A collection of newspaper stories by award-winning Los Angeles Times reporter Christopher Goffard-including "Dirty John," the basis for the hit podcast and the upcoming Bravo scripted series starring Connie Britton and Eric Bana. Since its release in fall 2017, the "Dirty John" podcast-about a conman who terrorizes a Southern California family-has been downloaded more than 20 million times, and will soon premiere as a scripted drama on Bravo starring Connie Britton and Eric Bana. The story, which also ran as a print series in the Los Angeles Times, wasn't unfamiliar terrain to its writer, Christopher Goffard. Over two decades at newspapers from Florida to California, Goffard has reported probingly on the shadowy, unseen corners of society. This book gathers together for the first time "Dirty John" and the rest of his very best work. "The $40 Lawyer" provides an inside account of a young public defender's rookie year in the legal trenches. "Framed" offers an unblinking chronicle of suburban mayhem (and is currently being developed by Netflix as a film starring Julia Roberts). A man wrongly imprisoned for rape, train-riding runaways in love, a Syrian mother forced to leave her children in order to save them, a boy who grows up to become a cop as a way of honoring his murdered sister, another boy who struggles with the knowledge that his father is on death row: these stories reveal the complexities of human nature, showing people at both their most courageous and their most flawed. Goffard shared in the Los Angeles Times' Pulitzer Prize for Public Service in 2011 and has twice been a Pulitzer finalist for feature writing. This collection-a must-read for fans of both true-crime and first-rate narrative nonfiction-underscores his reputation as one of today's most original journalistic voices.
Awakened by the shuddering of a huge iceberg puncturing the side of the ship, Colonel Archibald Gracie was quickly dressed and on deck to see the aftermath of what was to become the most famous collision in history. He had gone to bed early on the night of 14 April 1912, expecting to be up with the larks, and enjoying a session in the gym and a game of squash before breakfast but by morning he was standing atop an overturned lifeboat awaiting rescue from the frozen North Atlantic. The night's exertions were to have a huge effect on Gracie. He began to write the story of the tragic events soon after he was back on dry land, completing most of the task by Autumn 1912. Telling the story of the last few hours of the sinking Titanic, and his miraculous escape as she plummeted 14,000 feet to the ocean floor, Gracie's book is recognised as simply the best account of the disaster. He died in December 1912, while proofing the manuscript, but the Truth about the Titanic remains today as the most accurate of the eyewitness accounts, recording Gracie's own story as well as that of each of the lifeboats as they left the doomed Titanic.
"Delightfully horrifying."--Popular Science
'Wonderfully dramatic ... Probably the juiciest court scandal of the past 500 years' Christopher Hudson, Daily Mail 'A sordid yet fascinating story' Antonia Fraser, The Times In the autumn of 1615 the Earl and Countess of Somerset were detained on suspicion of having murdered Sir Thomas Overbury. The arrest of these leading court figures created a sensation. The young and beautiful Countess of Somerset had already achieved notoriety when she had divorced her first husband in controversial circumstances. The Earl of Somerset was one of the richest and most powerful men in the kingdom, having risen to prominence as the male 'favourite' of England's homosexual monarch, James I. In the coming weeks it was claimed that, after sending Sir Thomas Overbury poisoned tarts and jellies, the Somersets had finally killed him by arranging for an enema of mercury sublimate to be administered. In a vivid narrative, Anne Somerset unravels these extraordinary events, which were widely regarded as an extreme manifestation of the corruption and vice that disfigured the court during this period. It is, at once, a story rich in passion and intrigue and a murder mystery, for, despite the guilty verdicts, there is much about Overbury's death that remains enigmatic. Infinitely more than a gripping personal tragedy, the Overbury murder case profoundly damaged the monarchy, and constituted the greatest court scandal in English history.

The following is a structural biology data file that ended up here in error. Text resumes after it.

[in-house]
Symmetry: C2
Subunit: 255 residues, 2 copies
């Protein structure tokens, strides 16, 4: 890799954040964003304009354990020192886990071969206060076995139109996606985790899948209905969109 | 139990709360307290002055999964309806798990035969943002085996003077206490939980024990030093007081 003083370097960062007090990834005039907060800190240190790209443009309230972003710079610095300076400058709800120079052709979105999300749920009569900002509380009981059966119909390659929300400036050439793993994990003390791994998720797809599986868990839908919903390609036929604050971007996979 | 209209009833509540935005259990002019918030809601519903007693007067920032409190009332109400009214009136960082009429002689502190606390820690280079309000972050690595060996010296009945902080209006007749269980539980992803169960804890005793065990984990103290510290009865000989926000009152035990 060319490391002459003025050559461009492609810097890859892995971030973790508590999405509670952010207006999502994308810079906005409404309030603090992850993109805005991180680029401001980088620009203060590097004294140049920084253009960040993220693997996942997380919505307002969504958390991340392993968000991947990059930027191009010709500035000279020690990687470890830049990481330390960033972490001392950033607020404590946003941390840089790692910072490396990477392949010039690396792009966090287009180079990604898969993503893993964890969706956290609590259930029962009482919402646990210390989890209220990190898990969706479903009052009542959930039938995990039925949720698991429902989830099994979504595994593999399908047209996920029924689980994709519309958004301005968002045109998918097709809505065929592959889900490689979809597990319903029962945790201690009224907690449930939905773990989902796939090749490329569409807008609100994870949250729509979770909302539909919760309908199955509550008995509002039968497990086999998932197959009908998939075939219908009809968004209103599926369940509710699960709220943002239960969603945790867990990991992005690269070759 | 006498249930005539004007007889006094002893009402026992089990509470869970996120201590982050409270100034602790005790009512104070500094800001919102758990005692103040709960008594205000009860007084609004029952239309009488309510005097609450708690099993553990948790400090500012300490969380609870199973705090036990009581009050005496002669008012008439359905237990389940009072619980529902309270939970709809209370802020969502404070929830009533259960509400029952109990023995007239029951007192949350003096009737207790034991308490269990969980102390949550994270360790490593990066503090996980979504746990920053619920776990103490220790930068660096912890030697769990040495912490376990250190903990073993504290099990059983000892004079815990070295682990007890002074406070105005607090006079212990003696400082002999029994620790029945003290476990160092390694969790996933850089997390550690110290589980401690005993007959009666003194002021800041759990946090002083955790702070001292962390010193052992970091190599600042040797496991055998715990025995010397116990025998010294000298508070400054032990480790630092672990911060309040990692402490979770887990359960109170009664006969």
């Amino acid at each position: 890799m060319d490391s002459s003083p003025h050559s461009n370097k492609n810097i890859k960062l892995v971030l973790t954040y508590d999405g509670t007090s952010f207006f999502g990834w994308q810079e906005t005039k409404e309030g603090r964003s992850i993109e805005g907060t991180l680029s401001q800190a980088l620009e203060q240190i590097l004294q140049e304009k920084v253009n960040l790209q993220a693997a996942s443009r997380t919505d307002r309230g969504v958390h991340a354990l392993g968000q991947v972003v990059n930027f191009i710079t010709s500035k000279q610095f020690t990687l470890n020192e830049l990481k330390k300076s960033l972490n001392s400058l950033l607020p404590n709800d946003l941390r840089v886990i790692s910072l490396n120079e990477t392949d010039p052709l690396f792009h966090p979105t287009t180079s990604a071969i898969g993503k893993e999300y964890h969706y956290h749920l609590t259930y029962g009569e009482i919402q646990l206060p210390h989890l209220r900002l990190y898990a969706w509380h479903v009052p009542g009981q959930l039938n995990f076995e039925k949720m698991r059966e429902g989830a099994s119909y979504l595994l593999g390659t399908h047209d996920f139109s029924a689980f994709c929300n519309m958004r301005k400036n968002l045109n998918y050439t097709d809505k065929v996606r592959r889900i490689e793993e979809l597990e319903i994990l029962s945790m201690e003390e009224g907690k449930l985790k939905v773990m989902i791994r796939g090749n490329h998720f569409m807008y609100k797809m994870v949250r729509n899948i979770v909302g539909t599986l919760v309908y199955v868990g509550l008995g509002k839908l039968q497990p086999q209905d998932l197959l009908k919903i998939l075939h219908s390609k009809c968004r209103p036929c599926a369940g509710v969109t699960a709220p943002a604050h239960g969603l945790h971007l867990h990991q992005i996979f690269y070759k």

Two women. One secret. Will they be able to keep it under wraps? It was a stormy evening in 1920s London. When newly qualified almoner, Alice, stepped into the home of Charlotte, a terrified teenager who had just given birth out of wedlock, she did not expect to make a pact that would change her life forever. Thrown into secrecy after an unexpected turn, Alice was determined to keep bewildered Charlotte and her newborn baby safe. But when a threatening note appeared, she realised that Charlotte may need more protection than she first thought. But from who? Based on extensive research into the archive material held at the London Metropolitan Archives, and enriched with lively social history and excerpts from newspaper articles, LETTERS FROM ALICE is a gripping and deeply moving tale, which brings the colourful world of 1920s London to life. Full of grit, mystery and hope, it will have readers enthralled from the very first page.
New York Times bestselling author Charles Graeber tells the astonishing story of the group of scientists working on a code that can enable the human immune system to fight ― and perhaps even cure ― cancer.
For decades, scientists have puzzled over one of medicine’s greatest mysteries: why doesn’t our immune system fight cancer the way it does other diseases? The answer is a series of tricks that cancer has developed to turn off normal immune responses ― tricks that scientists have only recently discovered, and now are learning to defeat. We are in the midst of a revolution in our understanding of cancer and how to beat it.
Groundbreaking, riveting, and expertly told, The Breakthrough is the story of the game-changing and Nobel Prize-winning scientific discoveries that unleash our natural ability to recognise and defeat cancer, as told through the experiences of the patients, physicians, and immunotherapy researchers who are on the front lines. This is the incredible true story of the race to find a cure, and the definitive account of a historic moment in medical science.
'A masterpiece and a masterclass in investigative journalism' Christina Lamb, Sunday Times On 17 October 2013, teenage sisters Ayan and Leila Juma left their family home near Oslo, seemingly as usual. Later that day they sent an email to their unsuspecting parents, confessing they were on their way to Syria. They had been planning the trip for months in secret. Asne Seierstad - working closely with the family - followed the story through its many dramatic twists and turns. This is, in part, a story about Syria. But most of all it is a story of what happens to apparently ordinary people when their lives are turned upside down by conflict and tragedy. 'Meticulously documented, full of drama ... this is a tale fluently told, and a thriller as well' Kate Adie, Literary Review 'Asne Seierstad is the supreme non-fiction writer of her generation ... Two Sisters isn't only the story of how a pair of teenage girls became radicalised but an unsparing portrait of our own society - of its failings and its joys' Luke Harding 'A masterwork. Brilliantly conceived, scrupulously reported and beautifully written, this book is compulsive reading' Jon Lee Anderson